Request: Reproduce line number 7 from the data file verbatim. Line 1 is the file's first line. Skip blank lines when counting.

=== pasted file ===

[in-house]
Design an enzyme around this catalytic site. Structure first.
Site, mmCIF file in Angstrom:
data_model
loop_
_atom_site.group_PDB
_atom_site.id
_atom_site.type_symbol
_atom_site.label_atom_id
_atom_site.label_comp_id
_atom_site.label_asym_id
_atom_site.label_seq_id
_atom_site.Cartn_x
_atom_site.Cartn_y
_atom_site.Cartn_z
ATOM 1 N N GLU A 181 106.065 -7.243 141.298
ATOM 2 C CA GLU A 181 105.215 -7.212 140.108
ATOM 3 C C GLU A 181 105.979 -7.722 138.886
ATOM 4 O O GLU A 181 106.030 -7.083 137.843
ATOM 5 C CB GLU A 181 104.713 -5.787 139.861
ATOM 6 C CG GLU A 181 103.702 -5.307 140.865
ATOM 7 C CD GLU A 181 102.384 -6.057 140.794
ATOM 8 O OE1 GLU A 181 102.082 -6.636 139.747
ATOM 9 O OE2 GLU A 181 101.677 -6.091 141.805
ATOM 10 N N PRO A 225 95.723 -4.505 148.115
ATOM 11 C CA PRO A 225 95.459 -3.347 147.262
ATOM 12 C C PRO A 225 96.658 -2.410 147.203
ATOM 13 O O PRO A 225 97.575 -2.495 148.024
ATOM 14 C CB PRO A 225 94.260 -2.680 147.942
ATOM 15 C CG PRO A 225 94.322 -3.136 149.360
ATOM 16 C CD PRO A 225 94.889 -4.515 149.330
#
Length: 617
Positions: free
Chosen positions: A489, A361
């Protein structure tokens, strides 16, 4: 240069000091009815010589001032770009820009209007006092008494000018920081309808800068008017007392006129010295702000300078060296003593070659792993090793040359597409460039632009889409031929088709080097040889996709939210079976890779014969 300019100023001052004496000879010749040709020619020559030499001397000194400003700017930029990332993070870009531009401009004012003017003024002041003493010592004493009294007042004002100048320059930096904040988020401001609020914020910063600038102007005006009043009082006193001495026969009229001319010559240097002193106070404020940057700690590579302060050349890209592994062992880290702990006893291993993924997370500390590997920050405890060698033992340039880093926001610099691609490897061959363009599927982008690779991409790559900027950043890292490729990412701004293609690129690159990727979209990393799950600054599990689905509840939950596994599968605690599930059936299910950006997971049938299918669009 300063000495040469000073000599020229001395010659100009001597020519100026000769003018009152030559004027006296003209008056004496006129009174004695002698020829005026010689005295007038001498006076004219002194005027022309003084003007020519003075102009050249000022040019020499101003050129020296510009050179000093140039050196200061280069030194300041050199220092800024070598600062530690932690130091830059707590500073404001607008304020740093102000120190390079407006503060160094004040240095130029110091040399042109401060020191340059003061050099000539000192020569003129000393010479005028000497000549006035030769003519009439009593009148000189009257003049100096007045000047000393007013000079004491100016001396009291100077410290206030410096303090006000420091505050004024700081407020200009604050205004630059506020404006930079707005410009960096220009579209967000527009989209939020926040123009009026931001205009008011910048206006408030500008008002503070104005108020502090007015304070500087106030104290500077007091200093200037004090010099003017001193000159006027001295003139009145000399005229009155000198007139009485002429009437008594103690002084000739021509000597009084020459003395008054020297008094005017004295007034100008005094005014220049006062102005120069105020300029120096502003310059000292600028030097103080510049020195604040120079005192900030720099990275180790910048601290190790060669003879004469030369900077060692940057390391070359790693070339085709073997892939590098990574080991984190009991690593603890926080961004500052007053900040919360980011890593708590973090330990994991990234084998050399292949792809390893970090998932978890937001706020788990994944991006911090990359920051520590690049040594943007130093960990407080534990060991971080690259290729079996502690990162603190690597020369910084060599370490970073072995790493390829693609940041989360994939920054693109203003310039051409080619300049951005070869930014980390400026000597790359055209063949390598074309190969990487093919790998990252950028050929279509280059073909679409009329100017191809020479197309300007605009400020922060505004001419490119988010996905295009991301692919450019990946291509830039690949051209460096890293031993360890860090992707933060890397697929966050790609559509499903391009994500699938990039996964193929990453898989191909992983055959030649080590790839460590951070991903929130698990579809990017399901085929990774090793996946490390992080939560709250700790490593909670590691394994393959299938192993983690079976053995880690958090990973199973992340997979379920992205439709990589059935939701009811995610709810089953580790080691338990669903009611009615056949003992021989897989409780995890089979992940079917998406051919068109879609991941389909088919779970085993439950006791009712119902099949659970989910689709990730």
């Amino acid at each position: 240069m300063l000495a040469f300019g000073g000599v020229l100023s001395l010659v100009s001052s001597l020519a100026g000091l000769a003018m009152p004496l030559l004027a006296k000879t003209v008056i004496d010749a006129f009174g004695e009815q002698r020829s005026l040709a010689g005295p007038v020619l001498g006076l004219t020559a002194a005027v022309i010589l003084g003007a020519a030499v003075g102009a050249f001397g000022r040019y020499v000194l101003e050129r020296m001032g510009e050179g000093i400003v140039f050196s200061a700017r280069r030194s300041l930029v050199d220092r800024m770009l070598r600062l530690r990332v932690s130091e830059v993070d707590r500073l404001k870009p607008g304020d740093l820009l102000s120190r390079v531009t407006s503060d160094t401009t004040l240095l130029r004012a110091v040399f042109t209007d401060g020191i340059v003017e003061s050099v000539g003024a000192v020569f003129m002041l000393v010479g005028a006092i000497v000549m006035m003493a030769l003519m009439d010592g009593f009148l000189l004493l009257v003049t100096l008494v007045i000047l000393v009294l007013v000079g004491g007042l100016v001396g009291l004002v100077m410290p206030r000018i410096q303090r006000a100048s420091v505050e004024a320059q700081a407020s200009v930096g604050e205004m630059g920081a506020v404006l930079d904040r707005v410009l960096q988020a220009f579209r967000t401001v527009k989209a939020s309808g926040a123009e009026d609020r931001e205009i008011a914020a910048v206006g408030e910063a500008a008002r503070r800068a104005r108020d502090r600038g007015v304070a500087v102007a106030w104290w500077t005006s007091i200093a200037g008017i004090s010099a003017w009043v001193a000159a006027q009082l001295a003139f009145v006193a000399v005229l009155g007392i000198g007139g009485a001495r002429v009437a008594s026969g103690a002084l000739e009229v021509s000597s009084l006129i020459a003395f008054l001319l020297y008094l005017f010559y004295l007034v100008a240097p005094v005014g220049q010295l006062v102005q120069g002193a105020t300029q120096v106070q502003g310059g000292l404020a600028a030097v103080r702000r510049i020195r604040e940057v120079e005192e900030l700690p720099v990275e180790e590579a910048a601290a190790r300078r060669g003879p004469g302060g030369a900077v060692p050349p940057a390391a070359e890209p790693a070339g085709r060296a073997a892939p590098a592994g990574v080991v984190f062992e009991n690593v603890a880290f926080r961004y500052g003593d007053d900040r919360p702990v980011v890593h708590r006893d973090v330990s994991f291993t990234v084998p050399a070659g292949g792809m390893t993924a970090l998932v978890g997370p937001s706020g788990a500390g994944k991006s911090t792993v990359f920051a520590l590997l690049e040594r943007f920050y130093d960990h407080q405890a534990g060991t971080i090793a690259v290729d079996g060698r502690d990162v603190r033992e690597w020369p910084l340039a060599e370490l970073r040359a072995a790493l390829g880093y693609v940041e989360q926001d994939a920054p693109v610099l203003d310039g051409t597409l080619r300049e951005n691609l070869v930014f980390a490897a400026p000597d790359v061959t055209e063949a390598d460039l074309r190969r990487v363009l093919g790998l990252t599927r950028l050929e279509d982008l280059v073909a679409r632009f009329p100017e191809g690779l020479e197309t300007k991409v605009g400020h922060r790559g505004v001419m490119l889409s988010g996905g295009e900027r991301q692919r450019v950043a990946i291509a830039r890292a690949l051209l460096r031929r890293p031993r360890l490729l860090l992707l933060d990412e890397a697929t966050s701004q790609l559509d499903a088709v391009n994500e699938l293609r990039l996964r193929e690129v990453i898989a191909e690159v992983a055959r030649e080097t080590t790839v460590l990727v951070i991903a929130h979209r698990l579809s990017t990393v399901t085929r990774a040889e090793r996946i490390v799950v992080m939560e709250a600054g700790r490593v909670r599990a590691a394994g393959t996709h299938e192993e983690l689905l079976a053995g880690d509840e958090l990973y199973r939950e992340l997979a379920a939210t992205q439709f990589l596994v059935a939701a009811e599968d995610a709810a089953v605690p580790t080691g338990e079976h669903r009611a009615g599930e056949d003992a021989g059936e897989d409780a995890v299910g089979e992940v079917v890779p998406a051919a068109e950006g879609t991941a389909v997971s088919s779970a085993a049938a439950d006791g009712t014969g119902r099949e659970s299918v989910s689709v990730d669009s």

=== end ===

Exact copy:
_atom_site.id